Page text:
Turns Out Everyone's Annoying So You Might As Well Stay Together
Don’t bother looking outside your relationship for the perfect partner, because they don’t exsist
After you’ve been with the same person for a while, you know everything about them. And while that can be great, like how you know they’ll always let you eat their bacon, because they’re a weirdo who doesn’t like it, it also gives them plenty of opportunities to annoy the ever loving fuck out of you. Sometimes you may find yourself fantasizing about life with someone else, someone who doesn’t forget to replace the garbage bag when they take the trash out.
But as behavioral economist and TED-talker Dan Ariely explains in a new video from Google’s Modern Romance series, thinking the grass is greener elsewhere is only going to disappoint you in the long run. Everyone has their flaws. So that stranger who seems so attractive only looks that way because you don’t yet know any of his bad habits, like the way he refuses to wear a winter coat instead of a hoodie even though you live in New England or how he sneezes so loudly you swear they can hear it all the way in Canada (I love you honey).
“When you get to know somebody better, what is some of the first things you learn about them?” Ariely asks. “That they disappoint you in all kinds of ways.”
He explains how in today’s social media obsessed world, where a new relationship is only a Tinder account or Match.com sign up away, it’s easy to think about trading in the partner whose flaws you know all too well for someone new. But that perfect stranger isn’t perfect either. “If you look at somebody you don’t know very well all the little annoying habits that they have are going to be outside of scope for you, and you will just imagine that they work well,” Ariely cautions. “Only when they move in, you get to see those details.” A new partner won’t annoy you the same way your current partner does, they’ll just find new ways to piss you off.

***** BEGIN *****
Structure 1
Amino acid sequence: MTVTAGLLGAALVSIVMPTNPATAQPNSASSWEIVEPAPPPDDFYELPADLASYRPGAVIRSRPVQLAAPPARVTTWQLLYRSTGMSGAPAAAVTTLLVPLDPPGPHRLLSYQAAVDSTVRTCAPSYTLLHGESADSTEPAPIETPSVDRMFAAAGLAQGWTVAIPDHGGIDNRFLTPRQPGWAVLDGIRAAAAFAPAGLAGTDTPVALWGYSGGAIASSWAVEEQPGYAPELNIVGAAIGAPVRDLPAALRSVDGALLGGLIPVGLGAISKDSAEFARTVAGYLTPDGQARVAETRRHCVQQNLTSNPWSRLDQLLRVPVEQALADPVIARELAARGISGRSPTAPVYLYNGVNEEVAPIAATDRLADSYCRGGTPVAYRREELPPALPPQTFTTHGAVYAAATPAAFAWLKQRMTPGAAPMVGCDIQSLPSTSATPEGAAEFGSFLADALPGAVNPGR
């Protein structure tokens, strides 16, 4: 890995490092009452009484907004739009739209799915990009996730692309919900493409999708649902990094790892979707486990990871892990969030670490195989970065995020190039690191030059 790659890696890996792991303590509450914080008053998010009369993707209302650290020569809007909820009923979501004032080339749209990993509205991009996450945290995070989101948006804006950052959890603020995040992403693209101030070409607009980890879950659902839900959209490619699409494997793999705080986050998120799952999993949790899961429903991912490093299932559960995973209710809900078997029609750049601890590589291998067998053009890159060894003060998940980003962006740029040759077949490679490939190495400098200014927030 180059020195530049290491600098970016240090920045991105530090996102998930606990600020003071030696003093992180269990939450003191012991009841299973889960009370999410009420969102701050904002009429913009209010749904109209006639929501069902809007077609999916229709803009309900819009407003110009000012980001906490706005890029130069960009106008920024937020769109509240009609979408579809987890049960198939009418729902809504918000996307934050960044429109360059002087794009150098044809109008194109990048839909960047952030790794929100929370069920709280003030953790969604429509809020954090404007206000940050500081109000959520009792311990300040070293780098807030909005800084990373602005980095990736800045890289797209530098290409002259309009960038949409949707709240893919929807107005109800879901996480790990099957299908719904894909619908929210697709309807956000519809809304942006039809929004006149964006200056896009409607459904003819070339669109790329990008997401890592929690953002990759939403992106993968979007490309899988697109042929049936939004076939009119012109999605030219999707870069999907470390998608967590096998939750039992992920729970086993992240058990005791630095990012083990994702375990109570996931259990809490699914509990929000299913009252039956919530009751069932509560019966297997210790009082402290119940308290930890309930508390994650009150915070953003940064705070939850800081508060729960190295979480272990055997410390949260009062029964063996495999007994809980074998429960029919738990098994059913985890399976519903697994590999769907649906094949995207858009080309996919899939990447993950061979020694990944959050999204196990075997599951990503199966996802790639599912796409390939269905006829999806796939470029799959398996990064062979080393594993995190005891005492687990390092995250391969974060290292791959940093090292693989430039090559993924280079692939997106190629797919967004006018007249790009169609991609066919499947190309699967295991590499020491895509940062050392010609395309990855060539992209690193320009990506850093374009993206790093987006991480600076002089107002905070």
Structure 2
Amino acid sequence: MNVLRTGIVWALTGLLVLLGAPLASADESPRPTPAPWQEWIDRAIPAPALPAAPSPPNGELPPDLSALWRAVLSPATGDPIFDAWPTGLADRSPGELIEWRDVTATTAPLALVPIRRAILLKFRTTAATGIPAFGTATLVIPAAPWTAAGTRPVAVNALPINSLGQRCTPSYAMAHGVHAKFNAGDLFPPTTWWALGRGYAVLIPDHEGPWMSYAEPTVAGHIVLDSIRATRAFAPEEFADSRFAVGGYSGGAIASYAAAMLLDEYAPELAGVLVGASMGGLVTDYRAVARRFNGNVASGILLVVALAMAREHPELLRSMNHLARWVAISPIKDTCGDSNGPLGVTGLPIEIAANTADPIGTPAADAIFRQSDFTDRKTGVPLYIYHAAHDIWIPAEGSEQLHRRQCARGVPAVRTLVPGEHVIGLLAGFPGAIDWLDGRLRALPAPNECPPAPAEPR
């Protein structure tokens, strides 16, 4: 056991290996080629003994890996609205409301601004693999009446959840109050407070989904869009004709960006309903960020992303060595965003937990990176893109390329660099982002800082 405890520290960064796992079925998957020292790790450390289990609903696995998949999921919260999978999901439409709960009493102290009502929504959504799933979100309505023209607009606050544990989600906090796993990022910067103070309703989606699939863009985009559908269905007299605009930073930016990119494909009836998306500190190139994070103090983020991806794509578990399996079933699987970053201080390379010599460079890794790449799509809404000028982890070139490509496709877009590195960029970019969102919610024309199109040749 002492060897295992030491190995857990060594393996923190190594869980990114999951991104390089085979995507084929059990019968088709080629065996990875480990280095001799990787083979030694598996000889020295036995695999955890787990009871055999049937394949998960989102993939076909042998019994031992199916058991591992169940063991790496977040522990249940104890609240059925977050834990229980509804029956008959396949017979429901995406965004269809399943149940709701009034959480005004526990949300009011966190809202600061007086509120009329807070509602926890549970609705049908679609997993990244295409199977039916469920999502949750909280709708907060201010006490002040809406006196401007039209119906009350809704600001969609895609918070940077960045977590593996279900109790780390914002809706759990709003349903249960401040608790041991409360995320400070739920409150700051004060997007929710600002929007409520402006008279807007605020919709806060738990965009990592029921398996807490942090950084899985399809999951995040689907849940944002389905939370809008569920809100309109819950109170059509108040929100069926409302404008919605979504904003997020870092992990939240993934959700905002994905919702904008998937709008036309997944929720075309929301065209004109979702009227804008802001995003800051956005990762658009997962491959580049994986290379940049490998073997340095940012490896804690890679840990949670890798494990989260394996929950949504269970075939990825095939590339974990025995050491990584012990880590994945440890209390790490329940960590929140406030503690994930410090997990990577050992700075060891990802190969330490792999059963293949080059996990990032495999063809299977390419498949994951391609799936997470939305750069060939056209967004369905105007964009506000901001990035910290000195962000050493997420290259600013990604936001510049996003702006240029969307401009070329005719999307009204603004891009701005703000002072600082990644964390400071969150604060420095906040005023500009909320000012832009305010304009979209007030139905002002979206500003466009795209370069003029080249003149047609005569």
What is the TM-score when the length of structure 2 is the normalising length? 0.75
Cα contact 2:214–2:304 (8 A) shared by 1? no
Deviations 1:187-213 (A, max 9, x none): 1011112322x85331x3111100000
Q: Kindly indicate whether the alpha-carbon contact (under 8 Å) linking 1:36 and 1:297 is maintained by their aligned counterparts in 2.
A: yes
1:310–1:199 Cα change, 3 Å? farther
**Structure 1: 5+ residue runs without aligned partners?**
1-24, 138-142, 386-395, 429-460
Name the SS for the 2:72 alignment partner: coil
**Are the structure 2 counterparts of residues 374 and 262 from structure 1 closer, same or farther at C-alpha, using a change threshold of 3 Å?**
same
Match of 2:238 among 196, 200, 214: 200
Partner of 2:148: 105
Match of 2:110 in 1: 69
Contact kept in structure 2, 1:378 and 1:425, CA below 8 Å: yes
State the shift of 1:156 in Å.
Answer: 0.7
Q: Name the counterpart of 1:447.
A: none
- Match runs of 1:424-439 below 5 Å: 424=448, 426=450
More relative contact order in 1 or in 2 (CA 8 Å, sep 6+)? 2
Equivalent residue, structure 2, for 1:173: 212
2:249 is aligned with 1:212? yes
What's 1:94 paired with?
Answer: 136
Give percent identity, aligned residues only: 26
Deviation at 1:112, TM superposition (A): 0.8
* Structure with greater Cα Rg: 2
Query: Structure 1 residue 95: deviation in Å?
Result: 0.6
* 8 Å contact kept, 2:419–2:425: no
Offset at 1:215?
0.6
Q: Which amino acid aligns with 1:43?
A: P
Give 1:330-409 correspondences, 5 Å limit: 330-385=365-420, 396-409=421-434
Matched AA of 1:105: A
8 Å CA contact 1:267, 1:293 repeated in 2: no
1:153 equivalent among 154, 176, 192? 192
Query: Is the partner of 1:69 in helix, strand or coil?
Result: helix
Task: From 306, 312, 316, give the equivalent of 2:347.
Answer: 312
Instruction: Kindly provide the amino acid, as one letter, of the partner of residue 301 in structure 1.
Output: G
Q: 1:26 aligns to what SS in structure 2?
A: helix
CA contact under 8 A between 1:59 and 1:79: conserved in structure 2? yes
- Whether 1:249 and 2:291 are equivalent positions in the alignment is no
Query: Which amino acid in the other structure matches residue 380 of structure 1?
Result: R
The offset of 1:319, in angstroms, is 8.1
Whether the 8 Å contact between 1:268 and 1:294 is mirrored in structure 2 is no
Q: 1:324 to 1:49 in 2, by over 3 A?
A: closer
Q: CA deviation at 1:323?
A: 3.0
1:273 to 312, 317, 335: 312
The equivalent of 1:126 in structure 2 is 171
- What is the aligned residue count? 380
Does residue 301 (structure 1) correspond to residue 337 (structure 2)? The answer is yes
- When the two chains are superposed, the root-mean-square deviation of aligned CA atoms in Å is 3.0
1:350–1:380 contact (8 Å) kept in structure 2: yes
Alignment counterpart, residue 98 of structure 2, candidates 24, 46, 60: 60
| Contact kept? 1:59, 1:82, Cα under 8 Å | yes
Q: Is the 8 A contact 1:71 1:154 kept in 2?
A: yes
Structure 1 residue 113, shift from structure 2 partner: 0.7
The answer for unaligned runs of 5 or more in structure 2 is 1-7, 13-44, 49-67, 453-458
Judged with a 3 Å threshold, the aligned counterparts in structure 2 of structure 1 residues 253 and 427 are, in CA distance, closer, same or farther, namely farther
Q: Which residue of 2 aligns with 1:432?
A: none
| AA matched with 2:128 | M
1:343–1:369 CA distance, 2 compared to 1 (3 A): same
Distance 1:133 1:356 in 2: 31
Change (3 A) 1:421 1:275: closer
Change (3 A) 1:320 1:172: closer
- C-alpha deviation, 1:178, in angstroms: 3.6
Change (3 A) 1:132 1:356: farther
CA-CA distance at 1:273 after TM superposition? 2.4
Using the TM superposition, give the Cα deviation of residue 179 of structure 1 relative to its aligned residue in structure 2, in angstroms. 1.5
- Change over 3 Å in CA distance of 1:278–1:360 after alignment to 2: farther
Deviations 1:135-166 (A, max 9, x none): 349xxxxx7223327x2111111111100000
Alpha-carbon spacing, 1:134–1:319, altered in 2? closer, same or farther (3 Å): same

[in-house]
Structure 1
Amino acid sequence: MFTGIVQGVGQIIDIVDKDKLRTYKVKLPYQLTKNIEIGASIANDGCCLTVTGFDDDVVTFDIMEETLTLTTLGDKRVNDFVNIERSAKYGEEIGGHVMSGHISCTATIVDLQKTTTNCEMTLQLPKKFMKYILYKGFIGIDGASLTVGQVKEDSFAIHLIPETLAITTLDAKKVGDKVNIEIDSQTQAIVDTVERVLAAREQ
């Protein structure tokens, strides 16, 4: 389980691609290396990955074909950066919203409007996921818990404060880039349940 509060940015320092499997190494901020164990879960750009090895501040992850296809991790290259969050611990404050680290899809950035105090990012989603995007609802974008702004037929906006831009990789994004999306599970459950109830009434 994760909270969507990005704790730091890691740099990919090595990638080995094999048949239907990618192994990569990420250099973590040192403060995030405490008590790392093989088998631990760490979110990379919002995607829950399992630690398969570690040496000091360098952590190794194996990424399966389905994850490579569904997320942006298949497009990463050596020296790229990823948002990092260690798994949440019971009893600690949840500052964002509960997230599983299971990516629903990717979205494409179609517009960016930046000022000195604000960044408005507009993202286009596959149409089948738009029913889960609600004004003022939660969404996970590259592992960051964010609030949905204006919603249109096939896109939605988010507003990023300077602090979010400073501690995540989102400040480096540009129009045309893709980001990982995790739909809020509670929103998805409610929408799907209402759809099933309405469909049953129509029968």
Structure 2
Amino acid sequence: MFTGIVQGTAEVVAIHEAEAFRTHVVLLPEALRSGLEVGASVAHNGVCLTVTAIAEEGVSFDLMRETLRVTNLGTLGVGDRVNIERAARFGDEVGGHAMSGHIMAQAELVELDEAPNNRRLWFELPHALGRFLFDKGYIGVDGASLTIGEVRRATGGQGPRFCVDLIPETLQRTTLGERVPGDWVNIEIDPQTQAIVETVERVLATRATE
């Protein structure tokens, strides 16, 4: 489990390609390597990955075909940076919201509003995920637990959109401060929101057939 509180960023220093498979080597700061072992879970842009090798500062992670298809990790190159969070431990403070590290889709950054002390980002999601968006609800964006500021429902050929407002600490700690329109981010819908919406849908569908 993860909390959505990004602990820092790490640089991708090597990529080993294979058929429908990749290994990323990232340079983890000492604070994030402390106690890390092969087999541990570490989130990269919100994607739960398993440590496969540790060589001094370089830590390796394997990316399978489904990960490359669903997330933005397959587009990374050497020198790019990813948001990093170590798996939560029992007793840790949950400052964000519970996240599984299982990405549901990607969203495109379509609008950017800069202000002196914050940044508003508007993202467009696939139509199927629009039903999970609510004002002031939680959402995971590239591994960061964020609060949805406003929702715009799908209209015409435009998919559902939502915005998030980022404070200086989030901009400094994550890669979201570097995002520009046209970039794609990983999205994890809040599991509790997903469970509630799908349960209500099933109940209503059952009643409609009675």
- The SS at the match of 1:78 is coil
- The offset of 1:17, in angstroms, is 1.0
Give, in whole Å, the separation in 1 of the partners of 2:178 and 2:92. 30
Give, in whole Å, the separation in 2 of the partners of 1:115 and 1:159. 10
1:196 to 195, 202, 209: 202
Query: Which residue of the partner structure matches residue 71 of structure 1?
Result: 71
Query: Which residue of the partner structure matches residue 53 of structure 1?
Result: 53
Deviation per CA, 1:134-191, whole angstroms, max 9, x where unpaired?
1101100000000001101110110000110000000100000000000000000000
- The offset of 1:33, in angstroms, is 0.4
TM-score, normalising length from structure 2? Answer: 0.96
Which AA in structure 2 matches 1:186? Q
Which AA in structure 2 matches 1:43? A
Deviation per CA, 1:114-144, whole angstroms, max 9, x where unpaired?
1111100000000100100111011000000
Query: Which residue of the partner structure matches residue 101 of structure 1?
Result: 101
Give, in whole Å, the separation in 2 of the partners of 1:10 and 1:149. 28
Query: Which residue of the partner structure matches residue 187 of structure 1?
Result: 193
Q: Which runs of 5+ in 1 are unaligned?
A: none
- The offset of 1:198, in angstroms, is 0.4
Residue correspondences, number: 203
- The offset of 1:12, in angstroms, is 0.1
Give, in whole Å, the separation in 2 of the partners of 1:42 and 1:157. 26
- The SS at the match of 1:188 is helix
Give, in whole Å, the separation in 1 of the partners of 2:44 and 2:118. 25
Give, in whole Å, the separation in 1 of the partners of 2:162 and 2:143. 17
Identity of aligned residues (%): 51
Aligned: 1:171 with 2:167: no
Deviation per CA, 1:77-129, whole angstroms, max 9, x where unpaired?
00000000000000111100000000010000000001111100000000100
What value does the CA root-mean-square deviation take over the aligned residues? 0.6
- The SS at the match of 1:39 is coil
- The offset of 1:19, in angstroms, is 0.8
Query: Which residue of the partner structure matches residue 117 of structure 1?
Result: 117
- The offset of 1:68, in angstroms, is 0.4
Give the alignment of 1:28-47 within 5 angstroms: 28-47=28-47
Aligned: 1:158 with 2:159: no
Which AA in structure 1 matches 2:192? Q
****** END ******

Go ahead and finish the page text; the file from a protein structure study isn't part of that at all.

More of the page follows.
It’s important to remember that the person you’re with may drive you nuts you, but they’re not going to hit you with any big surprises. You know them and their ways, unlike the fantasy partner who’s online profile tells you nothing real about them.”You’re in bed next to somebody and you wake up in the morning and you say, is this what I want for the rest of my life when I have other options here?” says Ariely. “All of those options look so wonderful … in online dating or Facebook people only present their positive sides. So you have this biased idea that this outside option looks so promising. And now you wake up next to somebody or you have a little fight with somebody and you think, ‘In one click I could have a date with somebody else.'”
According to Ariely, always having one eye on the lookout for a better option means you’re self-sabotaging the relationship you have in front of you already. “When we’re in a relationship but continuously with one foot out and continuously thinking about how the outside world is more tempting and more interesting, it’s actually not a good recipe for investing in a relationship,” he says. “It’s not a zero-sum game; [a relationship] gets better when you invest in it.”
In other words, everyone’s annoying in some way or another. And looking outside your current relationship for someone new isn’t going to change that.